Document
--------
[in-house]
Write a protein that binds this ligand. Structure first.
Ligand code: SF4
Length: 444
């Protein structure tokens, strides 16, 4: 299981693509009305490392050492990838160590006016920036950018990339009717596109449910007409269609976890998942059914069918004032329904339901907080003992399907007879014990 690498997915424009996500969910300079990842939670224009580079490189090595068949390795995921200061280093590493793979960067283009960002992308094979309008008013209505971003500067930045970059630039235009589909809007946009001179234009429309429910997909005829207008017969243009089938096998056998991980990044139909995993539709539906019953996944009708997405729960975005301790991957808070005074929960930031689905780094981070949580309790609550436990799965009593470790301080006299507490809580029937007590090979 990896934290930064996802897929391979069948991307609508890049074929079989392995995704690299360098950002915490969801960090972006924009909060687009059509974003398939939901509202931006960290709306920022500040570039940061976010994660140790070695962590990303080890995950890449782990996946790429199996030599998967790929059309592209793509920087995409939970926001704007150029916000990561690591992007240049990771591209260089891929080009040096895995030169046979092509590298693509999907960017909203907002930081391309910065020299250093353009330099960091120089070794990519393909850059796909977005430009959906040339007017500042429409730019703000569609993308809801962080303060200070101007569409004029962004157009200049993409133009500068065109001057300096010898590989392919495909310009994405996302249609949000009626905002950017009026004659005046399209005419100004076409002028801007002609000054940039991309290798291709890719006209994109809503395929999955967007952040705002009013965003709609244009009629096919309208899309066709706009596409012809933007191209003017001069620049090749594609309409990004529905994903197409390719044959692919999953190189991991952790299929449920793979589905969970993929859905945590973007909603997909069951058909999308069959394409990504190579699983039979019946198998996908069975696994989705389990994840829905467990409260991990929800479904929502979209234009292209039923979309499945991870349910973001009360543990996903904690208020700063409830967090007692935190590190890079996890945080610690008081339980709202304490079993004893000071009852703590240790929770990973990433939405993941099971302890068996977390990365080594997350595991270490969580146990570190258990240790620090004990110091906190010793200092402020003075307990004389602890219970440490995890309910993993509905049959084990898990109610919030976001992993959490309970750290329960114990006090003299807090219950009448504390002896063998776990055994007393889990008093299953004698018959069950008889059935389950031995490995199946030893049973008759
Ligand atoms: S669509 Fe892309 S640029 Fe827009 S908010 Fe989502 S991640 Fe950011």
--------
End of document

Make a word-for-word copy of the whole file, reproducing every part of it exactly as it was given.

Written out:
[in-house]
Write a protein that binds this ligand. Structure first.
Ligand code: SF4
Length: 444
């Protein structure tokens, strides 16, 4: 299981693509009305490392050492990838160590006016920036950018990339009717596109449910007409269609976890998942059914069918004032329904339901907080003992399907007879014990 690498997915424009996500969910300079990842939670224009580079490189090595068949390795995921200061280093590493793979960067283009960002992308094979309008008013209505971003500067930045970059630039235009589909809007946009001179234009429309429910997909005829207008017969243009089938096998056998991980990044139909995993539709539906019953996944009708997405729960975005301790991957808070005074929960930031689905780094981070949580309790609550436990799965009593470790301080006299507490809580029937007590090979 990896934290930064996802897929391979069948991307609508890049074929079989392995995704690299360098950002915490969801960090972006924009909060687009059509974003398939939901509202931006960290709306920022500040570039940061976010994660140790070695962590990303080890995950890449782990996946790429199996030599998967790929059309592209793509920087995409939970926001704007150029916000990561690591992007240049990771591209260089891929080009040096895995030169046979092509590298693509999907960017909203907002930081391309910065020299250093353009330099960091120089070794990519393909850059796909977005430009959906040339007017500042429409730019703000569609993308809801962080303060200070101007569409004029962004157009200049993409133009500068065109001057300096010898590989392919495909310009994405996302249609949000009626905002950017009026004659005046399209005419100004076409002028801007002609000054940039991309290798291709890719006209994109809503395929999955967007952040705002009013965003709609244009009629096919309208899309066709706009596409012809933007191209003017001069620049090749594609309409990004529905994903197409390719044959692919999953190189991991952790299929449920793979589905969970993929859905945590973007909603997909069951058909999308069959394409990504190579699983039979019946198998996908069975696994989705389990994840829905467990409260991990929800479904929502979209234009292209039923979309499945991870349910973001009360543990996903904690208020700063409830967090007692935190590190890079996890945080610690008081339980709202304490079993004893000071009852703590240790929770990973990433939405993941099971302890068996977390990365080594997350595991270490969580146990570190258990240790620090004990110091906190010793200092402020003075307990004389602890219970440490995890309910993993509905049959084990898990109610919030976001992993959490309970750290329960114990006090003299807090219950009448504390002896063998776990055994007393889990008093299953004698018959069950008889059935389950031995490995199946030893049973008759
Ligand atoms: S669509 Fe892309 S640029 Fe827009 S908010 Fe989502 S991640 Fe950011």